The legendary Choctaw Books in Jackson, Mississippi, is one of those places that truly define a town. While Oxford has the clean and bright Square Books, all windows and staircases and gleaming paperbacks, it’s somehow more fitting that the state’s capital have a dark and mysterious little nook jammed thick with ancient and rotting tomes, bookplates signed with quill pens.
Over the years, I’ve scoured the North Jefferson building and come up with signed copies of The All-Girl Football Team, battered and moldy Reveilles from the 1930s, a tiny hardback volume of Dame St. Millay’s poetry, a quickie kiddie book about Blondie by Lester Bangs, and paperback copies of Jujitsu for Christ (one nestled on the shelf above, betwixt a clutch of Nightshades and Living in Little Rock with Miss Little Rocks). In other words: the world. If you have a favorite, it is here; there has never been a time when I didn’t find something special, although rarely it’s what I was looking for at the time I entered the store.
For instance, I was heading in on this particular trip to purchase a copy of Jujitsu for Christ for Lula’s stepfather, a true lover of Southern fiction and dweller of New Orleans, who was deeply excited when I told him of the book at Christmas. I settled for a paperback copy—which I’d never seen before—and a good clean Little Rock, but he’d beat me to it, already wading through Jack’s Skillet, the rest of the Butlerian oeuvre piled on his nightstand. The thing is, I glance through the Southern stock in the front of the store fairly often, and I’d never before seen any of those books on the shelf before—not that combination—as I know for certain that I’d bought the last Hawk Gumbo and Nightshade there, just a few months before, and:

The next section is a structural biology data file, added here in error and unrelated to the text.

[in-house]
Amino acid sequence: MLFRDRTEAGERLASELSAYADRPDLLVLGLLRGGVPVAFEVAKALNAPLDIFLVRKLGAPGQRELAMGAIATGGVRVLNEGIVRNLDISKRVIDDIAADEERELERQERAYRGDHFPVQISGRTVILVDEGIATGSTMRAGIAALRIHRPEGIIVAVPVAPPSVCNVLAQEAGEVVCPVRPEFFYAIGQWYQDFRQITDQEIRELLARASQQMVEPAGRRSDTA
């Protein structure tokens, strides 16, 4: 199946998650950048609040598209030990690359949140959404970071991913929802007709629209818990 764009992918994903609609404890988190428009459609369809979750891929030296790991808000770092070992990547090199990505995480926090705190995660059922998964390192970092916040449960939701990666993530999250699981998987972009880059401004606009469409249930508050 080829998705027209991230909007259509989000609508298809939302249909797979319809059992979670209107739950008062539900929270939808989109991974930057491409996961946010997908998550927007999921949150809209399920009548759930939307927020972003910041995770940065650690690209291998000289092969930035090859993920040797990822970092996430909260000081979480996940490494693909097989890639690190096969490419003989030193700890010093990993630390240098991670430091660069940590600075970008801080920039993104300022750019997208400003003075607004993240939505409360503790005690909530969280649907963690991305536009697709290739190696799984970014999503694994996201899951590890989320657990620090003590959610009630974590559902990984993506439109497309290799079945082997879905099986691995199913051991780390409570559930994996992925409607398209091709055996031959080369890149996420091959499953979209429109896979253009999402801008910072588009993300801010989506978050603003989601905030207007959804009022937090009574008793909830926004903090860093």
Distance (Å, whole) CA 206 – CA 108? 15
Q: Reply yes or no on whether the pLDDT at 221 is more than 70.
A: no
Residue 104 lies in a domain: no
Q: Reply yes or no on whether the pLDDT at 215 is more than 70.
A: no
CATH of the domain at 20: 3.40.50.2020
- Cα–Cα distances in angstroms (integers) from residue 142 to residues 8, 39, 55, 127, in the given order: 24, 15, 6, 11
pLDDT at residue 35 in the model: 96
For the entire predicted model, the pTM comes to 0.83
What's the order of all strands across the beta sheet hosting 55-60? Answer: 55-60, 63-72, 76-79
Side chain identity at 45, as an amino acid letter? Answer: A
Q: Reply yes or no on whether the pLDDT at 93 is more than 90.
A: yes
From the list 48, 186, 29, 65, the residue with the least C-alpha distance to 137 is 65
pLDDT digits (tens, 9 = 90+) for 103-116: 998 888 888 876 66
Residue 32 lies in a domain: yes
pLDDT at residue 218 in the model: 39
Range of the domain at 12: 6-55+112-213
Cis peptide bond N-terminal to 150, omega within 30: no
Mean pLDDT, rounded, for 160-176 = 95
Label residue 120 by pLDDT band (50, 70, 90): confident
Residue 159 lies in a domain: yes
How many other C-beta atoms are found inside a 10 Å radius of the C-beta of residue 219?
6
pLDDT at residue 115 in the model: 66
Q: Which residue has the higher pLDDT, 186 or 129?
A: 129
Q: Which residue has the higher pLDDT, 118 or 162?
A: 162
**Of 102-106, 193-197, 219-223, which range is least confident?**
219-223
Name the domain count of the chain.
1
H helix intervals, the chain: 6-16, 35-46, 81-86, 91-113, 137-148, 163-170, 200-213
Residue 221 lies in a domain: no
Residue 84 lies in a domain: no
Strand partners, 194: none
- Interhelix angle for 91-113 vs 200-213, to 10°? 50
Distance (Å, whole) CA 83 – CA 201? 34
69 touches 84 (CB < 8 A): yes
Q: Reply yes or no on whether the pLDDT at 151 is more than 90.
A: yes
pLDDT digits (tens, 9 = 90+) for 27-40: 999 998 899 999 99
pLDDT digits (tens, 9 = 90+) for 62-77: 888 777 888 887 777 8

Listen, that’s the thing about Choctaw. It’s like a living, breathing creature—it changes. Just like there wasn’t any Buddy Nordan this time, there was a battered copy of Airships, inscribed lovingly from the author to a person who appeared to be a long-lost friend; there was a stack of Rolling Stones from 1988 in the back, all Janet Jackson and Bruce Springsteen and Paul McCartney; there was the first-edition Eudora I accidentally stepped on while reaching for a copy of I Cannot Get You Close Enough. Choctaw Books is glorious in its tumbling infinity.
Read this now decade-old article about the intelligent and kind proprietor, Mister Fred Smith, an alumnus of Millsaps, and lover of books. He has been mighty fair to me over the years, always friendly, and never ceases to tease me when I am buying less then six or ten books at a time. If you have not yet done so, and you have the ability, go there this week. You can spend five dollars or five hundred. It is that kind of a place. Just be prepared to stay for a while.
Mash on this button if you want to see those Polaroids a little bigger and glance around the shelves.